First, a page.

The secret power of social norms
  • leadership
  • Blog post

The secret power of social norms

With all our access to databases, analytics, performance metrics, testing, and monitoring, it’s easy to forget that most employees experience their workplaces as social settings, for better or worse. The same people show up every day (for the most part) and interact as people. True, they’re not playing shuffleboard or bridge or beer pong, but the unwritten rules of culture and courtesy — social norms — apply at work as much as they do anywhere else. Perhaps even more so, because getting kicked out of this club means losing a paycheck.

It’s easy to forget that, and to imagine that all there is to managing people are things like SMART Goals and performance reviews. But on a day-to-day basis, managers aren’t interacting with measurable economic units. They’re interacting with people. And the best managers understand how to derive peak performance from their teams using social interactions.

Some people never get flu shots

Before we get into what exactly it looks like to manage people according to social norms, consider this research.

A study published in Personality and Social Psychology Bulletin explored the question of what it would take to convince people to get flu shots.

The researchers split study participants into two groups. Group A read a newspaper article claiming that most people get flu shots. Group B read a newspaper article claiming that most people do NOT get flu shots.

Next, participants in each group read one of two articles. Either they read an article that emphasized the positive effects of getting a flu shot (e.g., protects self and others against infection), or they read an article that emphasized the negative impact on others of NOT getting a flu shot (e.g., irresponsibly exposes others to infection).

So who was most persuaded to get a flu shot? By far, it was the members of Group A who read the article about the negative impacts of not getting a flu shot. That’s because this group had been primed to see getting a flu shot as a social norm, and were far more sensitive to the high social cost of failing to meet that norm.

What’s going on?

Managers try any number of tricks to try and get behavior change to happen: demands, threats, incentives, micromanaging, etc. But those attempts ultimately fail because employees’ motivation to change behavior is still external. However, by emphasizing social norms, managers gain a shortcut to one of the most powerful internal motivations people have: Group membership. When failure to change behavior signals membership in an “out-group,” people hurry to adapt their behavior to the “in-group.”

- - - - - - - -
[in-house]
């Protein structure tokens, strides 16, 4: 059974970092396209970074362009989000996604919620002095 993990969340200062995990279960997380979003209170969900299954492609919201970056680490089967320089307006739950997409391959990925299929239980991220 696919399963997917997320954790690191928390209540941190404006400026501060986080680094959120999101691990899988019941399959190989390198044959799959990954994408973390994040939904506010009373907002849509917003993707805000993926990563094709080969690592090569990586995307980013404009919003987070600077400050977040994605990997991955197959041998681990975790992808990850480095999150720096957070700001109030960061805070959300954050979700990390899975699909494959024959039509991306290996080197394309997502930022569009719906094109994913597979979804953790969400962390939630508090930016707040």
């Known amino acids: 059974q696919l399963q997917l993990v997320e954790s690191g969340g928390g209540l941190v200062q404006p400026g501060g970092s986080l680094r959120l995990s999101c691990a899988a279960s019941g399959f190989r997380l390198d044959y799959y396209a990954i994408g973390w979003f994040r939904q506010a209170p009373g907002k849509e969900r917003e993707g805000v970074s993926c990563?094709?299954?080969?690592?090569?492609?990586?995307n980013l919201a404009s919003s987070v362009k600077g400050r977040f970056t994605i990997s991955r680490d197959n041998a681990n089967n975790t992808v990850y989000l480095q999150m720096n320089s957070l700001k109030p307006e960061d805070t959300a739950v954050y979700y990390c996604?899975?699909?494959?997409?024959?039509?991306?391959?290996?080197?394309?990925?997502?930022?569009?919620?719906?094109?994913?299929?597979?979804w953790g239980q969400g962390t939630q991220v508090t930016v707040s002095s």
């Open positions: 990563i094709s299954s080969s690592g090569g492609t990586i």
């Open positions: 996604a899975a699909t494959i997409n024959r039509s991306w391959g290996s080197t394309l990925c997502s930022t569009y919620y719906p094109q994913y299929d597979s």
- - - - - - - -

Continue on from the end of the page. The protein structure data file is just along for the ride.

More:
So, how can you adapt this knowledge to your work as a manager? By reminding your people of, and holding them accountable for, social norms.

Here’s a simple example: You can’t get your team to turn in their timesheets by the deadline. Start by acknowledging and thanking the folks who do, thus establishing the social norm. Then, point out that failing to turn in a timesheet by the due date means the accounting team has to work late.

Or, imagine you’ve got two high-value employees who are constantly bickering with each other, gossiping, and undercutting each other. It appears there’s no conflict to resolve. It’s just a case of clashing personalities, and it’s damaging morale and productivity. You’d address each of them, and establish the norm that conflict is unavoidable, but engaging in personal attacks or rumor mongering is unacceptable. You hold them accountable for their behavior, and for upholding the norms of the workplace. Only then do you look into whether there’s an underlying conflict that needs resolution.

Are we just talking about good manners?

It’s easy to dismiss managing by social norms as fretting about etiquette. But as we’ve seen, the workplace is a social setting and in social settings, manners are really, really important. Rudeness has consequences. One recent study even showed that rudeness directly damaged the “procedural performance” of a neonatal ICU team. Numerous other studies have shown similar effects on the productivity and output project teams.

Thankfully, most people really, really don’t want to be rude. It means they’re on the outside of a social norm, which is tantamount to being outside the social group itself. So don’t be afraid to use social norms as a way to change behavior. It’s one of the most powerful tools you’ve got.

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